From 2-3pm on Saturday, November 11, I will be presenting a session by this title at the Colorado Association of Libraries Annual Conference. The presentation will be videotaped to be one of two pilot projects for online delivery of professional development opportunities via LRS.org. The PowerPoint presentation for this session will be posted on LRS.org after the conference.
This year at the Colorado Association of Libraries Annual Conference, the Intellectual Freedom Committee (IFC) will commemorate ten years of speakers at Julie J. Boucher Memorial Lecture on Intellectual Freedom. Karen Bary, current IFC Chair, notes, “On this tenth anniversary we are not only looking back, but looking ahead, aware that intellectual freedom is under assault as never before.”
The 2006 “Julie” lecture is Saturday, November 11th at 9:30 am. This year’s speaker is Brent Hartinger , young adult author and founding member of the blog AS IF! Authors Support Intellectual Freedom . As a warm-up to the lecture, the IFC has started its own blog about Brent and his book, The Geography Club. To participate in this interesting online discussion go to: http://ifreadingmatters.blogspot.com/. It’s fun and easy to participate.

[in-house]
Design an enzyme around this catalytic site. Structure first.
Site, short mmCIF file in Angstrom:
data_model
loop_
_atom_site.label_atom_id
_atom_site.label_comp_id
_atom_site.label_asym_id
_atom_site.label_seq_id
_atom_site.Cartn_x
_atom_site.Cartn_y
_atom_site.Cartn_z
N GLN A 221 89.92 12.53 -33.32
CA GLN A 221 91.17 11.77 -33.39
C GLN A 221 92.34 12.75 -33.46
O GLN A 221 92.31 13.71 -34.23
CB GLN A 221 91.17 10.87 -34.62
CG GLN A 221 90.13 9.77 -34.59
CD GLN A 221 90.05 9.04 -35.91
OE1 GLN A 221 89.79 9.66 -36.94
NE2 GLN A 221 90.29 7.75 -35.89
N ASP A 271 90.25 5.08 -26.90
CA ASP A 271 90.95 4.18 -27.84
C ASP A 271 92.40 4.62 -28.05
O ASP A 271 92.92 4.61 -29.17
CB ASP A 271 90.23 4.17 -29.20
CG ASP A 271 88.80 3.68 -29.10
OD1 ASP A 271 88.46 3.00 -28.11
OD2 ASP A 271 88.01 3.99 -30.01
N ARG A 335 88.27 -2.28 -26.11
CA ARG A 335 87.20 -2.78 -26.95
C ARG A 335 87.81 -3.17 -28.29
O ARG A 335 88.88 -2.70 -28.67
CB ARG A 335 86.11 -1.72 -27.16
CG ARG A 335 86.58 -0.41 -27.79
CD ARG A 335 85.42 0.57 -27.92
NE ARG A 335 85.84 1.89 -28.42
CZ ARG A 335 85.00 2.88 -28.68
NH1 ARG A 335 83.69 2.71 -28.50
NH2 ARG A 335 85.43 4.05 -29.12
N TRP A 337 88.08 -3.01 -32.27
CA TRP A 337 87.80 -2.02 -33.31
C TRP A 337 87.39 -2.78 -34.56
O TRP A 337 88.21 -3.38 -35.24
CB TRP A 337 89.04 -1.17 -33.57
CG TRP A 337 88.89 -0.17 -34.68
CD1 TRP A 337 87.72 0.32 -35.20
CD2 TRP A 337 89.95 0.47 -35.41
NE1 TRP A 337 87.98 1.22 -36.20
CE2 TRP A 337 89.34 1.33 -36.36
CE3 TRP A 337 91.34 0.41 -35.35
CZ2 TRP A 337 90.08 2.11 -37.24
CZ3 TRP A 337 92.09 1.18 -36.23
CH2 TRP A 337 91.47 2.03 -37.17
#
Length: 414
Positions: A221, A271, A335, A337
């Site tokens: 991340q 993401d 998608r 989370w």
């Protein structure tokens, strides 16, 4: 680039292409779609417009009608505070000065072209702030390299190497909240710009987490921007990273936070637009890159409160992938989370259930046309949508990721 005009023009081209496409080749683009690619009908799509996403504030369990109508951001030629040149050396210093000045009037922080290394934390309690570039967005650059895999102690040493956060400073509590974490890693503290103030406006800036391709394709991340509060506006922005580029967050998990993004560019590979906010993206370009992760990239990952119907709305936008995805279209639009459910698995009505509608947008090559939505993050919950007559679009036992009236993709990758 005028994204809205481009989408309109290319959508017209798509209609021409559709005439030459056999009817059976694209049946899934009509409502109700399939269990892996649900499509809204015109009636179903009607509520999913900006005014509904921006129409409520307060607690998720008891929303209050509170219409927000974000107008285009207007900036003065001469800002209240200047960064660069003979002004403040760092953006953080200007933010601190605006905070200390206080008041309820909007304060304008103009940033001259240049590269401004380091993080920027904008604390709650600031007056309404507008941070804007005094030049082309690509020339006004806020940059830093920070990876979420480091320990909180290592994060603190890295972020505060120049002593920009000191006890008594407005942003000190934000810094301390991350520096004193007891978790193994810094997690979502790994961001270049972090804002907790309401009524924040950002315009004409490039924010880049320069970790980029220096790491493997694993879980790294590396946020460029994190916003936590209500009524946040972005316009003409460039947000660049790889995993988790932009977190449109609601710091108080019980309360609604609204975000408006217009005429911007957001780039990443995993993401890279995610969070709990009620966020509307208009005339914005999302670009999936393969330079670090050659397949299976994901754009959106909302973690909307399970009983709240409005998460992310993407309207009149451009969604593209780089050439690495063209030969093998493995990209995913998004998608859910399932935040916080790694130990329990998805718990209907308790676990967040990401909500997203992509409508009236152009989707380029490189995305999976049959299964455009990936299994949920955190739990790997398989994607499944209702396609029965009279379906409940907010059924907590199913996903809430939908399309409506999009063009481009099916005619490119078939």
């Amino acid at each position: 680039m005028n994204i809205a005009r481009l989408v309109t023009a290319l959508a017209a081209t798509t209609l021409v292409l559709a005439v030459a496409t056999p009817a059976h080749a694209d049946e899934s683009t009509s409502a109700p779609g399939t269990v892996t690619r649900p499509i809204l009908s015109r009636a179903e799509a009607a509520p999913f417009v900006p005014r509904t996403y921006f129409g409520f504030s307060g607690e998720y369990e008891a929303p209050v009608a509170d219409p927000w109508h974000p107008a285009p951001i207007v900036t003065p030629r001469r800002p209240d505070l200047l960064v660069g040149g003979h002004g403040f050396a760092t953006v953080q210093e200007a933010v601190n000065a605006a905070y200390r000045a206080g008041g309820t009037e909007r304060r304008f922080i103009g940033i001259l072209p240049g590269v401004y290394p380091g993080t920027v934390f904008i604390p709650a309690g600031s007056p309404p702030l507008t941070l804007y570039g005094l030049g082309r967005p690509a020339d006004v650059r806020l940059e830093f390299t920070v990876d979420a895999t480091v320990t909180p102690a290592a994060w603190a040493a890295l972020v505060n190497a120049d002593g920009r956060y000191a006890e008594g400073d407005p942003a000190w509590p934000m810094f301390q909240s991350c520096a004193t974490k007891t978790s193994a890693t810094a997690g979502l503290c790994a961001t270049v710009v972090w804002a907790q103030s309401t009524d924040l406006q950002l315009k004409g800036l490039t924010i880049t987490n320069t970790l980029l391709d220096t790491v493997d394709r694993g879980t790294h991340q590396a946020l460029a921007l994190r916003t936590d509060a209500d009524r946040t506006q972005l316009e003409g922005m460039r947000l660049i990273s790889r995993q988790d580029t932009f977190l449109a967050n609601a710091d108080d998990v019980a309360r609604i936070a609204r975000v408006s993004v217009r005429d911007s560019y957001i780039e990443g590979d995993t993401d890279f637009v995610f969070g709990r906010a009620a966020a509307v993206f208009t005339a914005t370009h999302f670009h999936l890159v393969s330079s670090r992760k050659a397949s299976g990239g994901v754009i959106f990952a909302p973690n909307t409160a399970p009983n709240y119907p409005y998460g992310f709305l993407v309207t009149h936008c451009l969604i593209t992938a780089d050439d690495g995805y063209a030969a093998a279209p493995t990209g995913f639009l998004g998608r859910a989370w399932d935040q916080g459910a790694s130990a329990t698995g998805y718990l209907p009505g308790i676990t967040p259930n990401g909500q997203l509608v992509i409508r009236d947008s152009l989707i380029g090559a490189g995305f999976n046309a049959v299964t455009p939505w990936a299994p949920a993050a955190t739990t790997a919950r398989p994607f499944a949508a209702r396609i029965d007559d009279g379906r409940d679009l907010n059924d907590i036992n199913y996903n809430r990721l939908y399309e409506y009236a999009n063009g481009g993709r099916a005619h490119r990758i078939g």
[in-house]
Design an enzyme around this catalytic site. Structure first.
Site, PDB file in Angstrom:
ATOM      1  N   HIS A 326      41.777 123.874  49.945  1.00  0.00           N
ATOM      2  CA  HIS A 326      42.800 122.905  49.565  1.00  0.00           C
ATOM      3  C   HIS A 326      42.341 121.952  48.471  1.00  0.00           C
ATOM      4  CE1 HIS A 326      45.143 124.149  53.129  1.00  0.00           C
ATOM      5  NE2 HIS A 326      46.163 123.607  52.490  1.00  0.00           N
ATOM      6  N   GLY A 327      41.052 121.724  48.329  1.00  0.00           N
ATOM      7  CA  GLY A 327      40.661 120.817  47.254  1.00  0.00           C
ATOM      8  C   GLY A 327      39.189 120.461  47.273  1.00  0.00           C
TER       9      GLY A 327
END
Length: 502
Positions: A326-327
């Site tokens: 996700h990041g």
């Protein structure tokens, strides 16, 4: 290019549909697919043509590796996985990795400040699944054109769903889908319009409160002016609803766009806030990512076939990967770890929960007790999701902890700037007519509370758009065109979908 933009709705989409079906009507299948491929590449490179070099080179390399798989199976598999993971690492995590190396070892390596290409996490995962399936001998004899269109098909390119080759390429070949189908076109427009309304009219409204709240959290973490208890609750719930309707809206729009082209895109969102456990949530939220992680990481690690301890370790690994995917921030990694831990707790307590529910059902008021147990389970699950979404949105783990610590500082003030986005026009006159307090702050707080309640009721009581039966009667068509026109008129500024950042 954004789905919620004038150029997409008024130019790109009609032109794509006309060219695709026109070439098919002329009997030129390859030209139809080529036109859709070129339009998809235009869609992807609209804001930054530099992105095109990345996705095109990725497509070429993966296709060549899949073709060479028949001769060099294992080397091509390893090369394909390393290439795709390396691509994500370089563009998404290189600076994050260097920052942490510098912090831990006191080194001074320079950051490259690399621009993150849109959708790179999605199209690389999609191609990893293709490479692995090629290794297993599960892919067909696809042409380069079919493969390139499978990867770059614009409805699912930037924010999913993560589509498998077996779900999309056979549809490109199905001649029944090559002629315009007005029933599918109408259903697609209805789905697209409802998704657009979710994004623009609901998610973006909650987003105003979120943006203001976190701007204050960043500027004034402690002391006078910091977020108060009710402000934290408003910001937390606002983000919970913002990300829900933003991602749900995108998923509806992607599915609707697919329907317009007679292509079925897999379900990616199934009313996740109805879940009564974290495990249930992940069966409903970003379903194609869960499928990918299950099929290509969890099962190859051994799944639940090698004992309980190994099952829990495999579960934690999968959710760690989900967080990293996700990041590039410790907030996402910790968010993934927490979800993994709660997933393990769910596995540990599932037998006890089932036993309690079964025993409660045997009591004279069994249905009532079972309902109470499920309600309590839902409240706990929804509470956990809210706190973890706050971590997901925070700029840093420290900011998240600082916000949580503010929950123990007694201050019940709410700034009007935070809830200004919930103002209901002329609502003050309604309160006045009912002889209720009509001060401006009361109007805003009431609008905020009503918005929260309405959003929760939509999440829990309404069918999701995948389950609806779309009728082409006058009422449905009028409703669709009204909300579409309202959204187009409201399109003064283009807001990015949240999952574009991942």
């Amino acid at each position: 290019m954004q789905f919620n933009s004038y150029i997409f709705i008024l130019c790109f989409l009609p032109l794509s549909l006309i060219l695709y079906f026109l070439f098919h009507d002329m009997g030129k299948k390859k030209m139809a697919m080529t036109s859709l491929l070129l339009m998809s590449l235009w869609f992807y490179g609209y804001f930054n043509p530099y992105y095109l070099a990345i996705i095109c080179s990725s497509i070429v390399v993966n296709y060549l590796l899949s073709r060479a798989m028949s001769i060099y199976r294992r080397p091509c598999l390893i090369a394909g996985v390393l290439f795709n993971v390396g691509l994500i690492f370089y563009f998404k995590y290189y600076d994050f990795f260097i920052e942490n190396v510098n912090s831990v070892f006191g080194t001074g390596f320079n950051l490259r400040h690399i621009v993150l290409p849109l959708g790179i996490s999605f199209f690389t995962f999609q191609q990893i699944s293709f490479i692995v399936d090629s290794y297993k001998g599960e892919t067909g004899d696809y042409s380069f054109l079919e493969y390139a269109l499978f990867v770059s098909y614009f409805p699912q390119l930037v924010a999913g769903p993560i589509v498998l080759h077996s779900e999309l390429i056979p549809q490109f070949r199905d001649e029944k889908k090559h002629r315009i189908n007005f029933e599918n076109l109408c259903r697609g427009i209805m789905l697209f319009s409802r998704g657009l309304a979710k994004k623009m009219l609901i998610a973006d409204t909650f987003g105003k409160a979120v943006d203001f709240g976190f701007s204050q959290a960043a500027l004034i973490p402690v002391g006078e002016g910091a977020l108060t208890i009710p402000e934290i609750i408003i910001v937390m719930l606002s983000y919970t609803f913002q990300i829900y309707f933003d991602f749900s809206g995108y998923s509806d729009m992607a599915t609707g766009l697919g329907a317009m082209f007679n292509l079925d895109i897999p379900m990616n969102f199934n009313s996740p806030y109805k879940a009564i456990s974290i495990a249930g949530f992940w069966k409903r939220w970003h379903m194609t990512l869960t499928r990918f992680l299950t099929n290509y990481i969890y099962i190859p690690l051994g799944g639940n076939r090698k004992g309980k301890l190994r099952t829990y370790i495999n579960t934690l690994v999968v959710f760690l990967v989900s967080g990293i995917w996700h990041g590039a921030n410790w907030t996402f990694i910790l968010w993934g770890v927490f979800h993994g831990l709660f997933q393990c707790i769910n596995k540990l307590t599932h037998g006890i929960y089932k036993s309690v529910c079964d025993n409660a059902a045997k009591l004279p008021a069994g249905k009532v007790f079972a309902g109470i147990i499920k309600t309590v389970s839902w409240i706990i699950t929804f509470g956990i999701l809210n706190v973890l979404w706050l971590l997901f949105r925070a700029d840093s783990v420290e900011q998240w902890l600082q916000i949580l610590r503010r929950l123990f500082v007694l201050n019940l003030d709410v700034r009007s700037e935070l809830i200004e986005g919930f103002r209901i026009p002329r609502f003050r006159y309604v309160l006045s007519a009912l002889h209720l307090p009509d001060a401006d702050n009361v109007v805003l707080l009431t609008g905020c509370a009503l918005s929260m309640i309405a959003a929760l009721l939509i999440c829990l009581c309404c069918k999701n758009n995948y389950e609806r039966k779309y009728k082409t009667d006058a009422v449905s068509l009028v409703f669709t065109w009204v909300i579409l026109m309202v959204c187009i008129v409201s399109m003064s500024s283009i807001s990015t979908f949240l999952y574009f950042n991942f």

In addition, to the lecture there will be a reception Saturday evening from 5:00 – 6:00 pm with Julie’s parents, Virginia and Stanley Boucher and her brother, Jello Biafra, the celebrated punk icon and performance artist. There will be appetizers and a cash bar. Check your conference schedule for more information about this and other intellectual freedom events at the CAL Conference.
For more information about Julie Boucher and the lecture and awards named in her honor, please visit the LRS page at http://www.lrs.org/boucher.asp and the CAL-IFC page at http://www.cal-webs.org/boucher.html. More intellectual freedom links can be found on LRS.org at http://www.lrs.org/ifree.asp.
See you at CAL!